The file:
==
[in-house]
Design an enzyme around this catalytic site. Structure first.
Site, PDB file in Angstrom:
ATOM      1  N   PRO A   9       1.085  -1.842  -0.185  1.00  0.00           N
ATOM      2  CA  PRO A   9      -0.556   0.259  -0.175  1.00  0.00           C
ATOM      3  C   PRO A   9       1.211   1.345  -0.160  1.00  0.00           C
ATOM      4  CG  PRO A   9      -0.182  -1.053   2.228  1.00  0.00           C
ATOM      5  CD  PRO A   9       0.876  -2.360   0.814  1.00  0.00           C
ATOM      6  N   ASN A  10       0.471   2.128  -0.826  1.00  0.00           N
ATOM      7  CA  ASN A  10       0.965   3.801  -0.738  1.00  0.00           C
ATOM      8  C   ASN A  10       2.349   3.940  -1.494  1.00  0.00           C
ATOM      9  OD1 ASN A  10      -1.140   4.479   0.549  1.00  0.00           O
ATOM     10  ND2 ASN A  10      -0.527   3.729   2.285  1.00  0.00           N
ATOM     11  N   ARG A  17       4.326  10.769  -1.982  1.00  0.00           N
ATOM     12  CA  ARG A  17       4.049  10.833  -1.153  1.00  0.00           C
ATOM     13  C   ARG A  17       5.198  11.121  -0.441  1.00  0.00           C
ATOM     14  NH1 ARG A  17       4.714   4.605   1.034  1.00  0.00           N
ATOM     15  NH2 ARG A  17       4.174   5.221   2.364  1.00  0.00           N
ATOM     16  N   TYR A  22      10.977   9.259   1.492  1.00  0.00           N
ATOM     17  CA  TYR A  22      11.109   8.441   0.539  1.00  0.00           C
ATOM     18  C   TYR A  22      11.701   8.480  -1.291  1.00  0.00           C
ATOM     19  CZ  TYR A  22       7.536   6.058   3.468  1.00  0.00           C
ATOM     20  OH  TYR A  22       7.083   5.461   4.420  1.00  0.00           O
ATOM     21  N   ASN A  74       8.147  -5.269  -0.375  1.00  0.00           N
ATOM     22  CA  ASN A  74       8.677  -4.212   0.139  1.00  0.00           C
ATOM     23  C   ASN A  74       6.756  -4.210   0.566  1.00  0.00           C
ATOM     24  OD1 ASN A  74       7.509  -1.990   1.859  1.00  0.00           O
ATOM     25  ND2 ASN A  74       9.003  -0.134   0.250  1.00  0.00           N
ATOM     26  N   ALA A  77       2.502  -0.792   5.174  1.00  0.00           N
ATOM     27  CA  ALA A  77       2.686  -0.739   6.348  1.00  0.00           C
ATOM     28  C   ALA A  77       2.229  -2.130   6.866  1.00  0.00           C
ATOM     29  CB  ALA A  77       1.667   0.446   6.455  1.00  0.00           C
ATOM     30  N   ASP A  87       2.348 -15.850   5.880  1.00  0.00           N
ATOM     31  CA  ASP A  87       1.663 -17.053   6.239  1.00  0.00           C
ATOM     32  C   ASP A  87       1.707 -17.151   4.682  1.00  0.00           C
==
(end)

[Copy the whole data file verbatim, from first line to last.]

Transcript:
[in-house]
Design an enzyme around this catalytic site. Structure first.
Site, PDB file in Angstrom:
ATOM      1  N   PRO A   9       1.085  -1.842  -0.185  1.00  0.00           N
ATOM      2  CA  PRO A   9      -0.556   0.259  -0.175  1.00  0.00           C
ATOM      3  C   PRO A   9       1.211   1.345  -0.160  1.00  0.00           C
ATOM      4  CG  PRO A   9      -0.182  -1.053   2.228  1.00  0.00           C
ATOM      5  CD  PRO A   9       0.876  -2.360   0.814  1.00  0.00           C
ATOM      6  N   ASN A  10       0.471   2.128  -0.826  1.00  0.00           N
ATOM      7  CA  ASN A  10       0.965   3.801  -0.738  1.00  0.00           C
ATOM      8  C   ASN A  10       2.349   3.940  -1.494  1.00  0.00           C
ATOM      9  OD1 ASN A  10      -1.140   4.479   0.549  1.00  0.00           O
ATOM     10  ND2 ASN A  10      -0.527   3.729   2.285  1.00  0.00           N
ATOM     11  N   ARG A  17       4.326  10.769  -1.982  1.00  0.00           N
ATOM     12  CA  ARG A  17       4.049  10.833  -1.153  1.00  0.00           C
ATOM     13  C   ARG A  17       5.198  11.121  -0.441  1.00  0.00           C
ATOM     14  NH1 ARG A  17       4.714   4.605   1.034  1.00  0.00           N
ATOM     15  NH2 ARG A  17       4.174   5.221   2.364  1.00  0.00           N
ATOM     16  N   TYR A  22      10.977   9.259   1.492  1.00  0.00           N
ATOM     17  CA  TYR A  22      11.109   8.441   0.539  1.00  0.00           C
ATOM     18  C   TYR A  22      11.701   8.480  -1.291  1.00  0.00           C
ATOM     19  CZ  TYR A  22       7.536   6.058   3.468  1.00  0.00           C
ATOM     20  OH  TYR A  22       7.083   5.461   4.420  1.00  0.00           O
ATOM     21  N   ASN A  74       8.147  -5.269  -0.375  1.00  0.00           N
ATOM     22  CA  ASN A  74       8.677  -4.212   0.139  1.00  0.00           C
ATOM     23  C   ASN A  74       6.756  -4.210   0.566  1.00  0.00           C
ATOM     24  OD1 ASN A  74       7.509  -1.990   1.859  1.00  0.00           O
ATOM     25  ND2 ASN A  74       9.003  -0.134   0.250  1.00  0.00           N
ATOM     26  N   ALA A  77       2.502  -0.792   5.174  1.00  0.00           N
ATOM     27  CA  ALA A  77       2.686  -0.739   6.348  1.00  0.00           C
ATOM     28  C   ALA A  77       2.229  -2.130   6.866  1.00  0.00           C
ATOM     29  CB  ALA A  77       1.667   0.446   6.455  1.00  0.00           C
ATOM     30  N   ASP A  87       2.348 -15.850   5.880  1.00  0.00           N
ATOM     31  CA  ASP A  87       1.663 -17.053   6.239  1.00  0.00           C
ATOM     32  C   ASP A  87       1.707 -17.151   4.682  1.00  0.00           C